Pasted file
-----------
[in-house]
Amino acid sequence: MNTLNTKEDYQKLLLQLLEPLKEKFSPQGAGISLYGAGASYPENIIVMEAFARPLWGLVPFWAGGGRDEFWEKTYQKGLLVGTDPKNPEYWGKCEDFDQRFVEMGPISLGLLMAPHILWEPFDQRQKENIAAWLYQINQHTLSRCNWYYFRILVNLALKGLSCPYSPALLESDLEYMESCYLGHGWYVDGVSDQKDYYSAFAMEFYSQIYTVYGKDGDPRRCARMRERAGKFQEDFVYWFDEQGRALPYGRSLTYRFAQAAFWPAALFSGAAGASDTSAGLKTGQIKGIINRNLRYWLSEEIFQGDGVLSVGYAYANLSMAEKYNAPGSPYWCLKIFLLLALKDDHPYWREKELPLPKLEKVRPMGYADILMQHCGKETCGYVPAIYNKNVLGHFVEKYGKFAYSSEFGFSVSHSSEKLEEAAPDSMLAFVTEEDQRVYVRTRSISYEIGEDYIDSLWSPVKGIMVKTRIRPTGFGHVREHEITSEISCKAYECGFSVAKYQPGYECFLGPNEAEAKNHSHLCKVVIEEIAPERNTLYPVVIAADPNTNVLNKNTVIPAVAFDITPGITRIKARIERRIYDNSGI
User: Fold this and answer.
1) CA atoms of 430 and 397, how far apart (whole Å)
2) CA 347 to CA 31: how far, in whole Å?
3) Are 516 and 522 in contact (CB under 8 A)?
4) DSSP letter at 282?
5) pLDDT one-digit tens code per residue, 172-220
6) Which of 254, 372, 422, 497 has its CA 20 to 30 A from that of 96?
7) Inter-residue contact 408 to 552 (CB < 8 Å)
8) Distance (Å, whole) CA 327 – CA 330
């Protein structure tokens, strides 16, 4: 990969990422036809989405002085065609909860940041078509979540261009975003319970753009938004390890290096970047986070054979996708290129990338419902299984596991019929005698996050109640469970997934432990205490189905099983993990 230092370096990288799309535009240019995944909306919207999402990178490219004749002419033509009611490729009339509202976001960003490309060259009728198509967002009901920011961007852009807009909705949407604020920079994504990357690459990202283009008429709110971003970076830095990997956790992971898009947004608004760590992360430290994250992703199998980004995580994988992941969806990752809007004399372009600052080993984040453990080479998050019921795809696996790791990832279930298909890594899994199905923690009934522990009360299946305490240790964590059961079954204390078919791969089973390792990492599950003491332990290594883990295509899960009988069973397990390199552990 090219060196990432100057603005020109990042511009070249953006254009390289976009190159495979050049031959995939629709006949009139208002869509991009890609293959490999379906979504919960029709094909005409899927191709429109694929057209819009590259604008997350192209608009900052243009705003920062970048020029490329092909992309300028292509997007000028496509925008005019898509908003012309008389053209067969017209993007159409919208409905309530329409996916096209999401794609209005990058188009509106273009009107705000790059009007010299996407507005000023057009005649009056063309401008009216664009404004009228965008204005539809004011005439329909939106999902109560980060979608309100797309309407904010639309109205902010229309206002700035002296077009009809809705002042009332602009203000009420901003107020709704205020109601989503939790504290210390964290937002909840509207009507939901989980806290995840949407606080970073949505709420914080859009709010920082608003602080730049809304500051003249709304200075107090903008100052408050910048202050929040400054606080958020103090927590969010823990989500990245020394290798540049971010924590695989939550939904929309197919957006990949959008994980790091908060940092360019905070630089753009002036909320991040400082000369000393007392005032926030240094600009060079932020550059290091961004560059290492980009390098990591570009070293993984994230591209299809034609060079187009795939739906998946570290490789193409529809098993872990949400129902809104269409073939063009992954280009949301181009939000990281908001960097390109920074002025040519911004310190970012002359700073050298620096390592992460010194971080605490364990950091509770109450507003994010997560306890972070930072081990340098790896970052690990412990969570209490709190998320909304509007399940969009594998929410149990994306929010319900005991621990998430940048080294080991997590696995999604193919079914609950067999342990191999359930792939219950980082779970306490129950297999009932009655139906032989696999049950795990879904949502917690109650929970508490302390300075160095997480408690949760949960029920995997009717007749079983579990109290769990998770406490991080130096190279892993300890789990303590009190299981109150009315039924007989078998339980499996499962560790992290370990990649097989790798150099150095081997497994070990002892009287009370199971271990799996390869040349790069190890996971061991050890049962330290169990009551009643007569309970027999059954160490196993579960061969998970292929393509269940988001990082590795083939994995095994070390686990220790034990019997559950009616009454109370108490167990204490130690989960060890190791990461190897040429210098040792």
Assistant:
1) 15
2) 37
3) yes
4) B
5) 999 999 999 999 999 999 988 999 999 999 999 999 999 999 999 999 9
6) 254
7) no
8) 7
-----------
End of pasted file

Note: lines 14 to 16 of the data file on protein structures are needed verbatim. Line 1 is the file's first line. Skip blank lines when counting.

1) 15
2) 37
3) yes